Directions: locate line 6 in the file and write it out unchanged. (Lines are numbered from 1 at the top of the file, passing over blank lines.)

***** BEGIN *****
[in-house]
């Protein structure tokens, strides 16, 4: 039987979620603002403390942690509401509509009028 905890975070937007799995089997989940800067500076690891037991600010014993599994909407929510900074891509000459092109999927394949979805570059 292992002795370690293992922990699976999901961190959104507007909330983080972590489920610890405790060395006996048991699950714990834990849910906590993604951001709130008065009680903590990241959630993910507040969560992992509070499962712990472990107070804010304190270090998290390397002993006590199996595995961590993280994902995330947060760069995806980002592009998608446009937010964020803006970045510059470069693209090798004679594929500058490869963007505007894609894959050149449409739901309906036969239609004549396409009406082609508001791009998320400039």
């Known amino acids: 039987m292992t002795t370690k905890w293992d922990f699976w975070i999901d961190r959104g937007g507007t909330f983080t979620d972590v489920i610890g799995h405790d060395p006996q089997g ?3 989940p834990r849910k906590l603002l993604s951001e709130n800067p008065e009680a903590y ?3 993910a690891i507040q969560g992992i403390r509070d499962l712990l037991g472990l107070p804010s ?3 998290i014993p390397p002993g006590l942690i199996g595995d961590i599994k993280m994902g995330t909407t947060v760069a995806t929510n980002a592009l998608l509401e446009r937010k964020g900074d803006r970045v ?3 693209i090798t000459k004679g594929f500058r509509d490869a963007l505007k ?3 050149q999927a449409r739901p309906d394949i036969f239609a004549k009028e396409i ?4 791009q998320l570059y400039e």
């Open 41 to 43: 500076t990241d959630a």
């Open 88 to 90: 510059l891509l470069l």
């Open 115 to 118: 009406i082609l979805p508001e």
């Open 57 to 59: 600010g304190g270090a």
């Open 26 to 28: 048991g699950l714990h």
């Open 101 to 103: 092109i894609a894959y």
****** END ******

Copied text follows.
């Open 115 to 118: 009406i082609l979805p508001e």